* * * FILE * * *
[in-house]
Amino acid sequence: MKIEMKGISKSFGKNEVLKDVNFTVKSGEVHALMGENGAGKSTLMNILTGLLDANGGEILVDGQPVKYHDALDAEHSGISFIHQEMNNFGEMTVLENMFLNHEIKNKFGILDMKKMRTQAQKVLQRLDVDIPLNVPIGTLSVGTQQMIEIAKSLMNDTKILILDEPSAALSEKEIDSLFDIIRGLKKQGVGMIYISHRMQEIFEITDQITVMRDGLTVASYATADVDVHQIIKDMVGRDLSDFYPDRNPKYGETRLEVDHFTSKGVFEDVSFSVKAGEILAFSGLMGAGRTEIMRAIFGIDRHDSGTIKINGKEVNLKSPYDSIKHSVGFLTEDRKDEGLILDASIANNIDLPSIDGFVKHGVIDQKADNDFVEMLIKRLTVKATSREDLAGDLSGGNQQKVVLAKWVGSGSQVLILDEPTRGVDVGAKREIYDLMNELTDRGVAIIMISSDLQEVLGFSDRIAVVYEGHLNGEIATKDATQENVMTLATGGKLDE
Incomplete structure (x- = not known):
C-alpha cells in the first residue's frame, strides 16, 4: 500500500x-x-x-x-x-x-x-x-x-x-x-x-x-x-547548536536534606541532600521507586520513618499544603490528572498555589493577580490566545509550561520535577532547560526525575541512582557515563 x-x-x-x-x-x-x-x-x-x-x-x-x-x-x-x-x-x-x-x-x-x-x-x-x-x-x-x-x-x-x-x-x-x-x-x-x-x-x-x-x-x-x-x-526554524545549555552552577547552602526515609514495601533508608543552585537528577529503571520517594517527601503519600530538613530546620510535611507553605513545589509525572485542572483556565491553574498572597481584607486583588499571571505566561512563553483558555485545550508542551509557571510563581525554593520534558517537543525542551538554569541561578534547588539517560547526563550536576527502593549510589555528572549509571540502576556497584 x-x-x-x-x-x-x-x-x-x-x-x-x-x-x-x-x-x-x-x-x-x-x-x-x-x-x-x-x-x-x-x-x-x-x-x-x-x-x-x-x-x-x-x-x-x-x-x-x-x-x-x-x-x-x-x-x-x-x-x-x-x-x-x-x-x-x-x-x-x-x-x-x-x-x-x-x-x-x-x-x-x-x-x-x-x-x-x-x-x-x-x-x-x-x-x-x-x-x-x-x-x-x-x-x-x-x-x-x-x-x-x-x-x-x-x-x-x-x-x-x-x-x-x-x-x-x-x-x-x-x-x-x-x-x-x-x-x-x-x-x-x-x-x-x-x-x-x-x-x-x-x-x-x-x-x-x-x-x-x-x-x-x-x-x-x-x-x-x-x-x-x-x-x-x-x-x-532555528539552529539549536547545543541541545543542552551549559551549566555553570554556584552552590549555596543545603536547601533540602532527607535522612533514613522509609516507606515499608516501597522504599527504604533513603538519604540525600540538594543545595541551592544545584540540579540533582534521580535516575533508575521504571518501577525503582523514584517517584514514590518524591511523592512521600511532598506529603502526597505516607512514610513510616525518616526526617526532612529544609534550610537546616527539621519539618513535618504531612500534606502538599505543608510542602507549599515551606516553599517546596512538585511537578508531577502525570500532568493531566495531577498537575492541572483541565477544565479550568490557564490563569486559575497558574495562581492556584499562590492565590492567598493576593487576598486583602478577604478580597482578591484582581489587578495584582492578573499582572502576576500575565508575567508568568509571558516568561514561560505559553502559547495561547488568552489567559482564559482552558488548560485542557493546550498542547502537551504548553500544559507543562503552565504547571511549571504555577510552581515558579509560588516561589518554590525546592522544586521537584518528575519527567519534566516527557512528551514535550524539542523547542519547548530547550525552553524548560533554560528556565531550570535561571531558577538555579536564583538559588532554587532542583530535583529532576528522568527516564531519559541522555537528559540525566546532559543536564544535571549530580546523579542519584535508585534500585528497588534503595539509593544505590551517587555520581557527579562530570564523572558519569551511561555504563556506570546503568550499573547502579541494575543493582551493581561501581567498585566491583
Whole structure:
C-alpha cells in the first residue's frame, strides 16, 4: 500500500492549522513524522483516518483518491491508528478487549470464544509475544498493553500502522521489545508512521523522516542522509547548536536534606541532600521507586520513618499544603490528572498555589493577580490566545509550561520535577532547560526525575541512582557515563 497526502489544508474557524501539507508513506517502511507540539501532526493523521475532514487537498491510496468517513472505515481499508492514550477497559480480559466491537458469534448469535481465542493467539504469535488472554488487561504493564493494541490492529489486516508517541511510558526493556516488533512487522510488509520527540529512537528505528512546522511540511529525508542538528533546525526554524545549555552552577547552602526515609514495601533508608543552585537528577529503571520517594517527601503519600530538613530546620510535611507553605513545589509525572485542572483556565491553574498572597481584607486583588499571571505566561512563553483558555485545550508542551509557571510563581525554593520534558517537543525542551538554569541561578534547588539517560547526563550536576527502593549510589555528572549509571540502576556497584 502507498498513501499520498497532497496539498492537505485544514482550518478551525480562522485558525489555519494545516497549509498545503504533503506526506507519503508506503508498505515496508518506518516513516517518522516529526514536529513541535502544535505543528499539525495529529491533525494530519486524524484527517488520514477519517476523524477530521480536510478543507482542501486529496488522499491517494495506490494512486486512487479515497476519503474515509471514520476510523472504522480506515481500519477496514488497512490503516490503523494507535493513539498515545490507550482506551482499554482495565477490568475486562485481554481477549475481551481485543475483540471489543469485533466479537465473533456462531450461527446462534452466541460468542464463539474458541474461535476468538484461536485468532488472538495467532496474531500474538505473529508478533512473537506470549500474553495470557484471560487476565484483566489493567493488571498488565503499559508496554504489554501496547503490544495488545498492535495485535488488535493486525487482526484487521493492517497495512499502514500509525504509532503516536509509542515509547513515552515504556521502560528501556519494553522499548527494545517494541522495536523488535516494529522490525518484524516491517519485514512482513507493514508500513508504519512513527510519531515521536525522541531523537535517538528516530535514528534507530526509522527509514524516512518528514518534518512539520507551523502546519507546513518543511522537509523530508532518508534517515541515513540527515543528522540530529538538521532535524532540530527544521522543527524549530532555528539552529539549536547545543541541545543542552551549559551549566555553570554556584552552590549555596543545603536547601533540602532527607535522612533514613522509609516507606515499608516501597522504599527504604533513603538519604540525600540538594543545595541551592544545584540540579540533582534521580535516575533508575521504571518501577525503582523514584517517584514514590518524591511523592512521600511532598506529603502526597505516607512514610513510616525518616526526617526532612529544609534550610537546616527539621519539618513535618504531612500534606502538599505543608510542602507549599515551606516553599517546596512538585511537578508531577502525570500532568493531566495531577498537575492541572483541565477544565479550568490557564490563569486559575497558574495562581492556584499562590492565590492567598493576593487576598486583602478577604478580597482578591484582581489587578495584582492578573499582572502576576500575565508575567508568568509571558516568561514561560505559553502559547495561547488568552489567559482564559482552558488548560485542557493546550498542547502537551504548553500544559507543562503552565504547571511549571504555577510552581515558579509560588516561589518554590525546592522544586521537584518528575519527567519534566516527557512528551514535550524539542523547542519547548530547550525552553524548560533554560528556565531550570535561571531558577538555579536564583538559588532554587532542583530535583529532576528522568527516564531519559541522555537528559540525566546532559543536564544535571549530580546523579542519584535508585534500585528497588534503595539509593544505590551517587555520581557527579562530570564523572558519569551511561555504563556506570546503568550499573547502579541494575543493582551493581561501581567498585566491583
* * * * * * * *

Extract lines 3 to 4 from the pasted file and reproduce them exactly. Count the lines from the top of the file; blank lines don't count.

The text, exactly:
Incomplete structure (x- = not known):
C-alpha cells in the first residue's frame, strides 16, 4: 500500500x-x-x-x-x-x-x-x-x-x-x-x-x-x-547548536536534606541532600521507586520513618499544603490528572498555589493577580490566545509550561520535577532547560526525575541512582557515563 x-x-x-x-x-x-x-x-x-x-x-x-x-x-x-x-x-x-x-x-x-x-x-x-x-x-x-x-x-x-x-x-x-x-x-x-x-x-x-x-x-x-x-x-526554524545549555552552577547552602526515609514495601533508608543552585537528577529503571520517594517527601503519600530538613530546620510535611507553605513545589509525572485542572483556565491553574498572597481584607486583588499571571505566561512563553483558555485545550508542551509557571510563581525554593520534558517537543525542551538554569541561578534547588539517560547526563550536576527502593549510589555528572549509571540502576556497584 x-x-x-x-x-x-x-x-x-x-x-x-x-x-x-x-x-x-x-x-x-x-x-x-x-x-x-x-x-x-x-x-x-x-x-x-x-x-x-x-x-x-x-x-x-x-x-x-x-x-x-x-x-x-x-x-x-x-x-x-x-x-x-x-x-x-x-x-x-x-x-x-x-x-x-x-x-x-x-x-x-x-x-x-x-x-x-x-x-x-x-x-x-x-x-x-x-x-x-x-x-x-x-x-x-x-x-x-x-x-x-x-x-x-x-x-x-x-x-x-x-x-x-x-x-x-x-x-x-x-x-x-x-x-x-x-x-x-x-x-x-x-x-x-x-x-x-x-x-x-x-x-x-x-x-x-x-x-x-x-x-x-x-x-x-x-x-x-x-x-x-x-x-x-x-x-x-532555528539552529539549536547545543541541545543542552551549559551549566555553570554556584552552590549555596543545603536547601533540602532527607535522612533514613522509609516507606515499608516501597522504599527504604533513603538519604540525600540538594543545595541551592544545584540540579540533582534521580535516575533508575521504571518501577525503582523514584517517584514514590518524591511523592512521600511532598506529603502526597505516607512514610513510616525518616526526617526532612529544609534550610537546616527539621519539618513535618504531612500534606502538599505543608510542602507549599515551606516553599517546596512538585511537578508531577502525570500532568493531566495531577498537575492541572483541565477544565479550568490557564490563569486559575497558574495562581492556584499562590492565590492567598493576593487576598486583602478577604478580597482578591484582581489587578495584582492578573499582572502576576500575565508575567508568568509571558516568561514561560505559553502559547495561547488568552489567559482564559482552558488548560485542557493546550498542547502537551504548553500544559507543562503552565504547571511549571504555577510552581515558579509560588516561589518554590525546592522544586521537584518528575519527567519534566516527557512528551514535550524539542523547542519547548530547550525552553524548560533554560528556565531550570535561571531558577538555579536564583538559588532554587532542583530535583529532576528522568527516564531519559541522555537528559540525566546532559543536564544535571549530580546523579542519584535508585534500585528497588534503595539509593544505590551517587555520581557527579562530570564523572558519569551511561555504563556506570546503568550499573547502579541494575543493582551493581561501581567498585566491583